OK, back to stoves. BPL needs to set up a testing lab.
Wait – Roger Caffin already has a stove lab. So Roger, please collect all the various HX pot designs you can and test those suckers. We want to know which one is really worth the money. And please test them on a “normal” canister burner, not a JB or MSR dedicated HX stove.Dec 14, 2017 at 11:52 pm #3507558
One problem with testing ALL the HX pots is that vendors keep coming up with new designs. I have one or two Jetboil pots and a Reactor pot. After testing those pots I concluded that the increase in fuel efficiency was unlikely to ever compensate for the increase in pot weight, but I have not looked at the weights of more recent designs.
A secondary problem is maintaining a constant flame between test runs, but that has been solved by logging the canister weight during the run.
Are we concerned about the cost of the pots vs their efficiency, or the balance between extra pot weight and reduced fuel weight? I would only be concerned with the latter. You buy a good pot and 4 years later you won’t remember the cost.
If the world wants me to test some newer pots, it can be done, but ‘the world’ needs to supply the pots. SWMBO does not think we need any more pots you see … (and she may be right).
So, what pots are we talking about?
CheersDec 15, 2017 at 1:51 am #3507583
I wonder how those carbon felt windscreens work to block winds yet providing enough air to run the stove. I think they may work similar to waterproof membranes, that do not allow rain to go thru, but do allow perspiration to get out (at least in theory). On the other side, is clear that a metallic windscreen close to the pot not only blocks the wind, but helps reflect some of the heat back into the pot walls (which the carbon felt windscreen does not). Perhaps the best windscreen would be to have an aluminum windscreen with very generous intakes (covered with carbon felt), maybe even have the aluminum windscreen lifted above the ground, and then on the bottom part covered by a strip of carbon felt.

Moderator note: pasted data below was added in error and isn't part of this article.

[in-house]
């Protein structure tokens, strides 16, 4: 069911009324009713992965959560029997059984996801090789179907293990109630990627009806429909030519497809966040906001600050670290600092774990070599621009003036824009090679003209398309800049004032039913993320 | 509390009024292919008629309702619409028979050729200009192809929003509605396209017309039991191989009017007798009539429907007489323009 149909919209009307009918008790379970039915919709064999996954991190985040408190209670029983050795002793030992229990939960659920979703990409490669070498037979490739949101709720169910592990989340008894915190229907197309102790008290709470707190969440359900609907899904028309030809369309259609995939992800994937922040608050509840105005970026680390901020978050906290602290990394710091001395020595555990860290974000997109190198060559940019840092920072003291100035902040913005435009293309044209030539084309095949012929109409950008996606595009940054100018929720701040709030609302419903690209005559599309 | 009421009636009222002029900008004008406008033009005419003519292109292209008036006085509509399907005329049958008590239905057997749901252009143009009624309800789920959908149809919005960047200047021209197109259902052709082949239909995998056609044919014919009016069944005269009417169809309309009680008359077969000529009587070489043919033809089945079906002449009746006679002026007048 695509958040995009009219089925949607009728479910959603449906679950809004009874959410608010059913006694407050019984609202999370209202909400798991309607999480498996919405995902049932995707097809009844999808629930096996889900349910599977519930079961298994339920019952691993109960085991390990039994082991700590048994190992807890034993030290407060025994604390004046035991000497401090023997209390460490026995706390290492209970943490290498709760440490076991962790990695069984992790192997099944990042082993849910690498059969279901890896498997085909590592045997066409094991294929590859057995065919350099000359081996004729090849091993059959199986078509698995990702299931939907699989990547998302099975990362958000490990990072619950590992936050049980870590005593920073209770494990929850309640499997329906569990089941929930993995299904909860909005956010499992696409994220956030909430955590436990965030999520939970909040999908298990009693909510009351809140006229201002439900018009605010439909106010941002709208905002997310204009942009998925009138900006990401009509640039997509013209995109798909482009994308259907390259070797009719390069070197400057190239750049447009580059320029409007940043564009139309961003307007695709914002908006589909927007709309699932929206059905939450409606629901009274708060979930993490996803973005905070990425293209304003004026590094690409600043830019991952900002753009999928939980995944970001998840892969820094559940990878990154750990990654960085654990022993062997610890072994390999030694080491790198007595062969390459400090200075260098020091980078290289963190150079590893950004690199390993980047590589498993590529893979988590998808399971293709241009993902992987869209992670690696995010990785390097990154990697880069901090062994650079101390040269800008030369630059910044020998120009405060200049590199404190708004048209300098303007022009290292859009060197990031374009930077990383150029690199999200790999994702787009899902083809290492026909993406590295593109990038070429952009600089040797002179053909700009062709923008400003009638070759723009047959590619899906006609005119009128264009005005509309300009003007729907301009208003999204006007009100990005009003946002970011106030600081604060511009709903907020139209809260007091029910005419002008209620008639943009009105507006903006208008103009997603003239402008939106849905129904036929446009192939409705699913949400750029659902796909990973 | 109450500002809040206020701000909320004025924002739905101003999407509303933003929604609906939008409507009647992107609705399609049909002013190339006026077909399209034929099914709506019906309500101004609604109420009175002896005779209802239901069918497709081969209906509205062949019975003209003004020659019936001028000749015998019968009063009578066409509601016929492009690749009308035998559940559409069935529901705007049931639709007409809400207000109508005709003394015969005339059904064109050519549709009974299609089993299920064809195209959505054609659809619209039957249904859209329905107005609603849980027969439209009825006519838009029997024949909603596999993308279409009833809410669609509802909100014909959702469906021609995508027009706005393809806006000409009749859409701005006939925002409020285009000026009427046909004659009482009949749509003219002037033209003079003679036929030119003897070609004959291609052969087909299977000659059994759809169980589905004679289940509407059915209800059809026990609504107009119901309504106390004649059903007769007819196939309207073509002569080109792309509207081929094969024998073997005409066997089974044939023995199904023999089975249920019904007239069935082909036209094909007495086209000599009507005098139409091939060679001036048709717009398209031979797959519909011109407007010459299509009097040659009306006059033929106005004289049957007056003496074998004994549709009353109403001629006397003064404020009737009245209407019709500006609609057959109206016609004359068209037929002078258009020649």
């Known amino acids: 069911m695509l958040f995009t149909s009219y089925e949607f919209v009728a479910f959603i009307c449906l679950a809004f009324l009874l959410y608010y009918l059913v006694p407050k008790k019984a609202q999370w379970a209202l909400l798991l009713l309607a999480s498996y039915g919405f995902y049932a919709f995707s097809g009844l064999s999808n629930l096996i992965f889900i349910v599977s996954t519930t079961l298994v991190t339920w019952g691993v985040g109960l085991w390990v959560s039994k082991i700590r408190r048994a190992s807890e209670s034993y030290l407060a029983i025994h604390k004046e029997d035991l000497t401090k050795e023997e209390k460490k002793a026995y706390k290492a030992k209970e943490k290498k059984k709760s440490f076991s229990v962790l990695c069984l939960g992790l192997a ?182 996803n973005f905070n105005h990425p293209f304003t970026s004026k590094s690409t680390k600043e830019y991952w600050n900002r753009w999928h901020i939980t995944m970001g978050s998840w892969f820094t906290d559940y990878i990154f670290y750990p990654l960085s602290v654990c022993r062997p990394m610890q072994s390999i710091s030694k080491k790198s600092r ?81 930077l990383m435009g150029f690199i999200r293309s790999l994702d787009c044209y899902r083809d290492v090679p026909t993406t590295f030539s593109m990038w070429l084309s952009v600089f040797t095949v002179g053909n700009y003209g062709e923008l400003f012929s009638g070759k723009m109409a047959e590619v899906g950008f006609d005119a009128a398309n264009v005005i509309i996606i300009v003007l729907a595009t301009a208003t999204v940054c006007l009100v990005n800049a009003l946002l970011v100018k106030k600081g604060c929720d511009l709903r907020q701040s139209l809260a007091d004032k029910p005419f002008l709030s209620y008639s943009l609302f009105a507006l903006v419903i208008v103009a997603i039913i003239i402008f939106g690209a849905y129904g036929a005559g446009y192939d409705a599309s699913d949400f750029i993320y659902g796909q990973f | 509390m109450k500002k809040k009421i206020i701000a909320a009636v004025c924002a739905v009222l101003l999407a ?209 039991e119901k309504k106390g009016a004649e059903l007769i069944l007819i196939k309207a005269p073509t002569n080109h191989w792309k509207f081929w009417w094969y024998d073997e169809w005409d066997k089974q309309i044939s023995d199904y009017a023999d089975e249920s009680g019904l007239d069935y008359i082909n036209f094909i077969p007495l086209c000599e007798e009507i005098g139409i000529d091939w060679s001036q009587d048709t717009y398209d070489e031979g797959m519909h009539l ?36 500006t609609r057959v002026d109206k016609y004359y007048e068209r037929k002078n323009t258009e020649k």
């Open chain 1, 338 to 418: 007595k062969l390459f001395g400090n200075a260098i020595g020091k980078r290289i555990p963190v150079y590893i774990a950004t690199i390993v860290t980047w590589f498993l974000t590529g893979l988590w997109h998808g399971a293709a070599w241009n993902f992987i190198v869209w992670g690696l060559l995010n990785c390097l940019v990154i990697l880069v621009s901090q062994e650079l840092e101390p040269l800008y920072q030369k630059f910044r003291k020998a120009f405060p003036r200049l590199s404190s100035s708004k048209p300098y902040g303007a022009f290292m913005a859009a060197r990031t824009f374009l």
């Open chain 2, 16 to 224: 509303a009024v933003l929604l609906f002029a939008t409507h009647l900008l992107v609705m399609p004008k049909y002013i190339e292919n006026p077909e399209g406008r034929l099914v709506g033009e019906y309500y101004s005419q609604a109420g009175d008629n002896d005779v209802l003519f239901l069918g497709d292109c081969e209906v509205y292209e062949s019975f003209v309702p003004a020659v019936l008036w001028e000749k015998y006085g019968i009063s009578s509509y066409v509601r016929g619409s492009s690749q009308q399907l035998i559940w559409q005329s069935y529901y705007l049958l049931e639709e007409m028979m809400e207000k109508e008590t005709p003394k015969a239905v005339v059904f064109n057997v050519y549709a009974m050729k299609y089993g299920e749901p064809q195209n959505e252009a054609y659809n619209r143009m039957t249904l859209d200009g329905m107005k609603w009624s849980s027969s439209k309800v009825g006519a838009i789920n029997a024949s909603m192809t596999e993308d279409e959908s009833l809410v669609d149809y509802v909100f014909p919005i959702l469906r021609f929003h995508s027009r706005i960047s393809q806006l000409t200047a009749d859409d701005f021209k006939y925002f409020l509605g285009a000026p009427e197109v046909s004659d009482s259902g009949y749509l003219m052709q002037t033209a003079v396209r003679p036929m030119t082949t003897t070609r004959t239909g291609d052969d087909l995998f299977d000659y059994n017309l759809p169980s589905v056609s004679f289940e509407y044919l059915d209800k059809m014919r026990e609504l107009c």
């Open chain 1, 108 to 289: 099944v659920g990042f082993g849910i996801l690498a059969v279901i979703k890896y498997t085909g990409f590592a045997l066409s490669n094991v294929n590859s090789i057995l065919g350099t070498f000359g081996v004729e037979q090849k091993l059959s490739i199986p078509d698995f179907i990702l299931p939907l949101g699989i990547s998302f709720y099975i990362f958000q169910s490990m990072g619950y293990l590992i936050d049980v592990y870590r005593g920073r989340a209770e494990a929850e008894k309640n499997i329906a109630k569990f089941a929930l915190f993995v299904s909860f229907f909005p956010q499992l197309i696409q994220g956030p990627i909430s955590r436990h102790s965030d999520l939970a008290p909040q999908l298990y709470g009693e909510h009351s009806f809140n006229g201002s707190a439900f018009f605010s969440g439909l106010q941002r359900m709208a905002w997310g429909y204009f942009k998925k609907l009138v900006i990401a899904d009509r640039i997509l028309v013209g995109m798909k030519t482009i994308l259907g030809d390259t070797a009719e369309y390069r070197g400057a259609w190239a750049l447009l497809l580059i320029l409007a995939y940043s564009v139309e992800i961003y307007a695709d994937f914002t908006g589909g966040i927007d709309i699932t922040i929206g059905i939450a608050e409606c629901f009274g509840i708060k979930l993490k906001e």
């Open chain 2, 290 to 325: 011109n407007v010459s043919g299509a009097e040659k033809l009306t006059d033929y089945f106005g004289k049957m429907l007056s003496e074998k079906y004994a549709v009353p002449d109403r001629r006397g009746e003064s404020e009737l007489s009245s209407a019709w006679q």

Something like this …
To keep the cone elevated above the ground (providing plenty of air for the stove) one could use something like this….
But instead of having a canister stove, one would have the alcohol stove and pot support. Again the gap between the bottom of the aluminum windscreen and the ground would be covered by a carbon felt strip…. Hot air would go up and be reflected by the aluminum part back to the pot walls, and finaly escape thru air vents on top of the windscreen. Any excess heat building on the bottom of the “cone” (Thermal feedback) would escape thru the carbon felt which is porous reducing the problem of overheating the stove (Which as mentioned by James, creates a problem accelerating the stove)
Again, I have not technical expertise in this matters and not sure if the above would work…I’m just thinking out loud…Dec 15, 2017 at 2:08 am #3507584
All these hypothetical windscreen designs … mostly fail when there is any wind.